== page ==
Postfix HELO reply, can it be dynamic for every domain?

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#1 Wed, 01/31/2007 - 10:54

Postfix HELO reply, can it be dynamic for every domain?

apparently to fight spam ISPs are making sure the HELO FQDN matches the from FQDN in the email. Is there a work around to this?

Wed, 01/31/2007 - 12:28
Joe's picture

Hey Conrad,

I think you're just hitting a poorly configured ISP or misinterpreting the bounce.

The only sane way to use HELO checking as an anti-spam measure is to check to see if it matches the reverse lookup name. Anything else is bound to go awry (and even that is so often misconfigured that it's going to bounce a lot of innocent mail).

So, make sure your HELO matches your reverse lookup (IP-to-name), and all should be fine. If it isn't, then the ISP that bounces it is at fault (and they're bouncing a significant portion of innocent mail, because properly configured mail servers will not behave that way). HELO is easily spoofed, and so the best indicator of spam is that HELO is lying (which would mean setting it to the senders email address domain rather than the correct name for the server).

But I bet the ISP in question won't bounce it once you get the reverse name and the HELO matching.

Postfix usually picks this up automatically, so I'm guessing you've set it manually in the Postfix configuration? Removing that option from your configuration will usually get it right.


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Wed, 01/31/2007 - 13:26

Agreed, mail severs should be configured that way, but after doing some reading more and more people are starting to bounce spoofed HELOs rather than using rDNS.

Here's the error i'm getting...[[216.177.XXX.XXX]] said: 501 5.7.1
( Sender domain must exist (in reply to MAIL
FROM command)

Sun, 06/07/2009 - 07:01 (Reply to #3)
Joe's picture

Hey Craig,

<i>Agreed, mail severs should be configured that way, but after doing some reading more and more people are starting to bounce spoofed HELOs rather than using rDNS.</i>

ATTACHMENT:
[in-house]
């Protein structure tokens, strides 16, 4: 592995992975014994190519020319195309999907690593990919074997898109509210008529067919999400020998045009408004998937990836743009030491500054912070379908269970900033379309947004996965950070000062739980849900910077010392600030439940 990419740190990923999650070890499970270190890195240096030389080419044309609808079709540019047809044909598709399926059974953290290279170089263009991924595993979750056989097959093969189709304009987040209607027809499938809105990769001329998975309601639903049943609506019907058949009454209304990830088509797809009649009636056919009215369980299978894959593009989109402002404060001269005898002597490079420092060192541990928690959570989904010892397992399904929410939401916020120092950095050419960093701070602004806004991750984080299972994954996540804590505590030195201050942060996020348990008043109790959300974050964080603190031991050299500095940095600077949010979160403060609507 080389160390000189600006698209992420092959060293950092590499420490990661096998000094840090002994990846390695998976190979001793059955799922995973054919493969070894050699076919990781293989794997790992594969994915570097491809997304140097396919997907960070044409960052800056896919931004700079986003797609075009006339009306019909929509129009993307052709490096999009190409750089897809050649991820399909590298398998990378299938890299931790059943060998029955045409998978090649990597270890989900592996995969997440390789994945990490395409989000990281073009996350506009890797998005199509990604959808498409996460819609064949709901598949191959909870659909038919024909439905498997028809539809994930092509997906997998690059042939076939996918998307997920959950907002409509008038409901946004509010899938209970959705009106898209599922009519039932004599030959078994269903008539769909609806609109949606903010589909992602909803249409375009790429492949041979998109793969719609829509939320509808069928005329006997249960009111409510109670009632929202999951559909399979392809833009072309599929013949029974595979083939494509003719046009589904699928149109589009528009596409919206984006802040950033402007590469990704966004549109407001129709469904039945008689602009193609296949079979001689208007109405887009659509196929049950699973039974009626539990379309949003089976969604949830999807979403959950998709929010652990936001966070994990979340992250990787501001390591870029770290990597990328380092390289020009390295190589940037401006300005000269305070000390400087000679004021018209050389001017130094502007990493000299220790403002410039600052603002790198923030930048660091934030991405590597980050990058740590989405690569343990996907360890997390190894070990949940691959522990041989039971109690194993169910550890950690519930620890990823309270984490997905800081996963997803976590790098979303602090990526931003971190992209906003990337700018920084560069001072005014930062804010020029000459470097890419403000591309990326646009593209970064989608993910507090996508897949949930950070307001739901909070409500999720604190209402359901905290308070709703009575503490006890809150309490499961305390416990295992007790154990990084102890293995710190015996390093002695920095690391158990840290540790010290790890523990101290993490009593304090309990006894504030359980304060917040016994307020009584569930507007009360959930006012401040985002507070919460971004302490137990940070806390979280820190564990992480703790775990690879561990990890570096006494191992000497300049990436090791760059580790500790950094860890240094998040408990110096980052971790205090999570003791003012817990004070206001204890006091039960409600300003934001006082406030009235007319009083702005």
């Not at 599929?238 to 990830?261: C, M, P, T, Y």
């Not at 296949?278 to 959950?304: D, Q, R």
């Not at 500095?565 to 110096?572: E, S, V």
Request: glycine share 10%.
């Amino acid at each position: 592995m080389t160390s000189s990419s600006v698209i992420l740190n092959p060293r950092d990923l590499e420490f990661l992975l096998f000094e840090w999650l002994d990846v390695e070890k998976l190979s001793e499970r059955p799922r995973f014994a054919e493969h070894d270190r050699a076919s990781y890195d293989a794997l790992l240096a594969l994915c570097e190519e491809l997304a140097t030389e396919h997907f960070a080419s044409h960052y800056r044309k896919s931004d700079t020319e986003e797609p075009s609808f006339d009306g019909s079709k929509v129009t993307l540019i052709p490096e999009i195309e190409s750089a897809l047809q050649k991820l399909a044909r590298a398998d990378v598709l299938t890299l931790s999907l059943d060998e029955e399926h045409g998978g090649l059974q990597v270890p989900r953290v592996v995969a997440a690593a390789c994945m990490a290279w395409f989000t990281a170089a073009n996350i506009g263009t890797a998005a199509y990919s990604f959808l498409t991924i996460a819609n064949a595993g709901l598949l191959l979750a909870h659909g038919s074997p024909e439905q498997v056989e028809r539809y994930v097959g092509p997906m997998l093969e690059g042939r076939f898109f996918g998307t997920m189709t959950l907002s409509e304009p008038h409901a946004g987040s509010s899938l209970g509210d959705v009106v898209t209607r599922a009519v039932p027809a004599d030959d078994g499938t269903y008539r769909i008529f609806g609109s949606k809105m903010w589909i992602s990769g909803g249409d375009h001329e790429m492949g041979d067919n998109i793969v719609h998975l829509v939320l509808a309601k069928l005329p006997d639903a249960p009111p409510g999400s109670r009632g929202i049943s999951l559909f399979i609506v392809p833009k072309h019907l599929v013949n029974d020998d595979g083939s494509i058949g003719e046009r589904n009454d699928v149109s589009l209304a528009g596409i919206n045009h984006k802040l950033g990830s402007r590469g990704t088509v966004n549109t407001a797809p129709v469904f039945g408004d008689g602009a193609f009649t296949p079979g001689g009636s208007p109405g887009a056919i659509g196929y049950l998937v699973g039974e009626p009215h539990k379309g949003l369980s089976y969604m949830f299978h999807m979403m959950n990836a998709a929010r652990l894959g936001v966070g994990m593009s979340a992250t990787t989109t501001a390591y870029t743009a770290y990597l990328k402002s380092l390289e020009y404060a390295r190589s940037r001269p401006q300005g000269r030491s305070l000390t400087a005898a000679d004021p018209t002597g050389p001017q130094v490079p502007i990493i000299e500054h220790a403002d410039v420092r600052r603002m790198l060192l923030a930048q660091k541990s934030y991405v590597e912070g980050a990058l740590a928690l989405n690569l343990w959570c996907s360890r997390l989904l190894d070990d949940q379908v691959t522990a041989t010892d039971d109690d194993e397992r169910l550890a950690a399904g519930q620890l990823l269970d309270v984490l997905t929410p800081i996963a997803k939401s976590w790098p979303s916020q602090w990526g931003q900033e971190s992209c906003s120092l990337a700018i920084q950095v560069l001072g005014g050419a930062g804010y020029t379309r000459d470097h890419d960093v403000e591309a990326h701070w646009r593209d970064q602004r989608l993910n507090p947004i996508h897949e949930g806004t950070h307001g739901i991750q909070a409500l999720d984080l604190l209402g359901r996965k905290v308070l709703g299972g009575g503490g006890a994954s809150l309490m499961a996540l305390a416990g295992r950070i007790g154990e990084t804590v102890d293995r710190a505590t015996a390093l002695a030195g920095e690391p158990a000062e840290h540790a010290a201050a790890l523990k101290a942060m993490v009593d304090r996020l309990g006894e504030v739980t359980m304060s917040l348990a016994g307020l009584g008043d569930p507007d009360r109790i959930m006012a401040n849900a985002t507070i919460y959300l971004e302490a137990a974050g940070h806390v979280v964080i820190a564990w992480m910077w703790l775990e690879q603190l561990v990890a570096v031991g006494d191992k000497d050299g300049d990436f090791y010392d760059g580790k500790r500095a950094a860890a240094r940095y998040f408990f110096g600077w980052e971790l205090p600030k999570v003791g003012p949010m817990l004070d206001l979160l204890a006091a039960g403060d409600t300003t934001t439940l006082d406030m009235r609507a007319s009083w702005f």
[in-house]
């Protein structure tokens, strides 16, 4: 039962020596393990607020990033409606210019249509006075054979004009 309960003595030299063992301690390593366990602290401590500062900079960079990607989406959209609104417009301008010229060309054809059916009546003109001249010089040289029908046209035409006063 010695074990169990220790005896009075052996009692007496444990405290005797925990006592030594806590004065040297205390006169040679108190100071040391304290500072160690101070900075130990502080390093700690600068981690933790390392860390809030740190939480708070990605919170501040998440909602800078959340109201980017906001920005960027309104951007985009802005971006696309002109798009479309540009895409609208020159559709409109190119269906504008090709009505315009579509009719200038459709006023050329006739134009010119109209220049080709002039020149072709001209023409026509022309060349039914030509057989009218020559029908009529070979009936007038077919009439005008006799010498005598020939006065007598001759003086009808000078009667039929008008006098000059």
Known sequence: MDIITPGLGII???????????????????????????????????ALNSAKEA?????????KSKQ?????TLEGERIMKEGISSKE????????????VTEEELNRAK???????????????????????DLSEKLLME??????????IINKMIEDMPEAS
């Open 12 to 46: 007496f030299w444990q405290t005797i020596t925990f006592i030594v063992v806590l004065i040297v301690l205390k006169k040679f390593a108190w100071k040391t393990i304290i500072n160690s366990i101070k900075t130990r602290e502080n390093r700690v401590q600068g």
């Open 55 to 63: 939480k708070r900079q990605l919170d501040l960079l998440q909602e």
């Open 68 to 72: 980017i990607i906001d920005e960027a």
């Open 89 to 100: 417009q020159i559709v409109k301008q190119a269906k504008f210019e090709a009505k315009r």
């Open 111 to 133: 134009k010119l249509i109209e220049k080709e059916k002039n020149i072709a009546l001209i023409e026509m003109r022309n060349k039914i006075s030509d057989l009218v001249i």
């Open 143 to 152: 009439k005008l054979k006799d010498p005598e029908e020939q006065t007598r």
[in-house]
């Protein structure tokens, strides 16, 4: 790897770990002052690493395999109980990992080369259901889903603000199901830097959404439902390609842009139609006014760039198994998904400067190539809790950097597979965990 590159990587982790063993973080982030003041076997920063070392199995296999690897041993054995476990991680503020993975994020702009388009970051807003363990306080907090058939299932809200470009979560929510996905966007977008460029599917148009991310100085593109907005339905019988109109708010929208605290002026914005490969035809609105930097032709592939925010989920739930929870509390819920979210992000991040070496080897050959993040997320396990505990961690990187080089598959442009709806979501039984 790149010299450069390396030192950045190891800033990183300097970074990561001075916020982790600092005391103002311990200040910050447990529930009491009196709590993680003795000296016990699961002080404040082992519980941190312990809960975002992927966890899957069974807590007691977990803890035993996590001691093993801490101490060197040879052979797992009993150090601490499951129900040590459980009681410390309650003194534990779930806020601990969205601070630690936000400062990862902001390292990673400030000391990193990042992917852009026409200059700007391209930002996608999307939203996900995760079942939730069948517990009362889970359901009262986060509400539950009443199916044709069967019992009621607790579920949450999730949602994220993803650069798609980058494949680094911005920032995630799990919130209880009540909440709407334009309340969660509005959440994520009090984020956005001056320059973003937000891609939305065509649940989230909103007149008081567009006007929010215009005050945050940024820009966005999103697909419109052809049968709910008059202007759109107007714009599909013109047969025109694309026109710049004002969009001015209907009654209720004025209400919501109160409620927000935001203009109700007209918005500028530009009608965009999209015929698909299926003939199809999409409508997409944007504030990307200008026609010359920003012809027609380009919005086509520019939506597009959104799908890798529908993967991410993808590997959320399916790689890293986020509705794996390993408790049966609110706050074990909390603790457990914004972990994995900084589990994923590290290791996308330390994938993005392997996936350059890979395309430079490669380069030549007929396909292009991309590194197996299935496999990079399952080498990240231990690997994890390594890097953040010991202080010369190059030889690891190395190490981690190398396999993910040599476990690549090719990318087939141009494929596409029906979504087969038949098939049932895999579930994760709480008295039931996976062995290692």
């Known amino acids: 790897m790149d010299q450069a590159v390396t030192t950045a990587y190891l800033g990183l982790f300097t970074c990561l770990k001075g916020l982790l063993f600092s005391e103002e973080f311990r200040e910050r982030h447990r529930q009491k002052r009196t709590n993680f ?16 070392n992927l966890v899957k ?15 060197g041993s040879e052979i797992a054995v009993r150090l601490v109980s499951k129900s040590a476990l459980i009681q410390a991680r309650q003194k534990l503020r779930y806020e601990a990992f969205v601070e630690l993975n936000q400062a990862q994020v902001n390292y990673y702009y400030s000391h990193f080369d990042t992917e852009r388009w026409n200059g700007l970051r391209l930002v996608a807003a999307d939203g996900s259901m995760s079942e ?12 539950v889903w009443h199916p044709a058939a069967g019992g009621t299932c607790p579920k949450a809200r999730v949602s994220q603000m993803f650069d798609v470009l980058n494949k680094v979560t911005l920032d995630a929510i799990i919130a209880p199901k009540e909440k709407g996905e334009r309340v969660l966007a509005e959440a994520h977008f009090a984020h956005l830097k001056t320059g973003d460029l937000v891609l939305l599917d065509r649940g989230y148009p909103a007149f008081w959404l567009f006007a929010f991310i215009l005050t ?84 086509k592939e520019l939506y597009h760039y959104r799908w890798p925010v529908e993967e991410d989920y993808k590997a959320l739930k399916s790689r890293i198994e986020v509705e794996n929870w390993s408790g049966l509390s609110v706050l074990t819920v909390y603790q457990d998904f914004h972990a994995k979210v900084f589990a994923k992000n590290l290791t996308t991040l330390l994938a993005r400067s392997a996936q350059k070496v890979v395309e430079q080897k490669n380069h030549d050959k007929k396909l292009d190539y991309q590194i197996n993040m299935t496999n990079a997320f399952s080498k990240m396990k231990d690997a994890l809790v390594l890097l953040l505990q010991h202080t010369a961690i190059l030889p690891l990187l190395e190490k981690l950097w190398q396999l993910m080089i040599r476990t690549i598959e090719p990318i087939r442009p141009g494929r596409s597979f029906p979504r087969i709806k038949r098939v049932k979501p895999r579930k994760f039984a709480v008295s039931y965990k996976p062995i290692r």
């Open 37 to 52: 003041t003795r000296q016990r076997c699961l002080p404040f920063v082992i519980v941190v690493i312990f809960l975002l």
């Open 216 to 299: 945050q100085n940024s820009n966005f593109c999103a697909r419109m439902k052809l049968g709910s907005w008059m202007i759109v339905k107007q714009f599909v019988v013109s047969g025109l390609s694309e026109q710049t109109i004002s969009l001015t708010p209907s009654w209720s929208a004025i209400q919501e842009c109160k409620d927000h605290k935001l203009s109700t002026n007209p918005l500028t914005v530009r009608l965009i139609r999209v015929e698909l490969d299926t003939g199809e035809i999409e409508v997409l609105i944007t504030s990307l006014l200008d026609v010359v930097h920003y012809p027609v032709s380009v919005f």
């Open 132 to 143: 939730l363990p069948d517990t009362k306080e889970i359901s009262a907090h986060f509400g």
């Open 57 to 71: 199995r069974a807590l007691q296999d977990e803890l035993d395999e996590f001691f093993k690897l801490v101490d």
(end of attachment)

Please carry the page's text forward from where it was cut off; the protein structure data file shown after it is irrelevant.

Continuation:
OK, but that doesn't change my advice. You're misinterpreting what &quot;spoofed HELO&quot; means.

You're asking for a way to spoof your HELO, and I'm telling you not to. A spoofed HELO is one that is <i>not</i> the actual FQDN of the server sending the message. If you set the HELO to match the domain of each email address (and that domain does not match the address of the server) then you are spoofing HELO, and you will be bounced by any server that bounces on spoofed HELO (I'm not suggesting people should be bouncing on spoofed HELOs, since they are so often misconfigured...but as you've noted, some people are).

So, I think this is a case of misinterpreting the bounce. I suspect in this case the error is saying the domain in the email ( does not resolve. Check to be sure all of your names and addresses resolve...this kind of error is almost always about resolution, not the actual names in the message. So:

host 216.177.XXX.XXX
host whatever.address.came.back

Where whatever.address.came.back is the name you got from the first host query--both the IP and the name that the IP returns must resolve. And the other domains in the message also must resolve. The error you're getting indicates to me that one of these is not resolving...not that the HELO is a problem.

It is definitely <i>not</i> that the receiving mail server wants you to spoof the HELO to match the domain. If it is (I don't believe it is based on the above error, but if it is), then the receiving mail server is misconfigured and should be fixed on the receiving server--you simply can't do something mad just to accommodate one mad server. Spoofing HELO is madness. ;-)

In short: Don't spoof HELO. HELO should always be the FQDN of your server and that should exactly match the reverse lookup of your outgoing IP.


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Wed, 01/31/2007 - 13:27

and yes, my rDNS is setup correctly.

Wed, 01/31/2007 - 13:35

And...Thanks for the reply Joe!

Wed, 01/31/2007 - 21:27

Joe, I don't know what i was thinking, duh! rDNS will be wrong if i spoofed the HELO. brain fart. Anyways, I think i found the problem here.

The ISP that i'm having problems with use to host domain A, which i now host. However, domain B is on the same ISP as domain A use to. I queried their name servers and they have bad data statically set in there still! I'll be sending them an email tomorrow!

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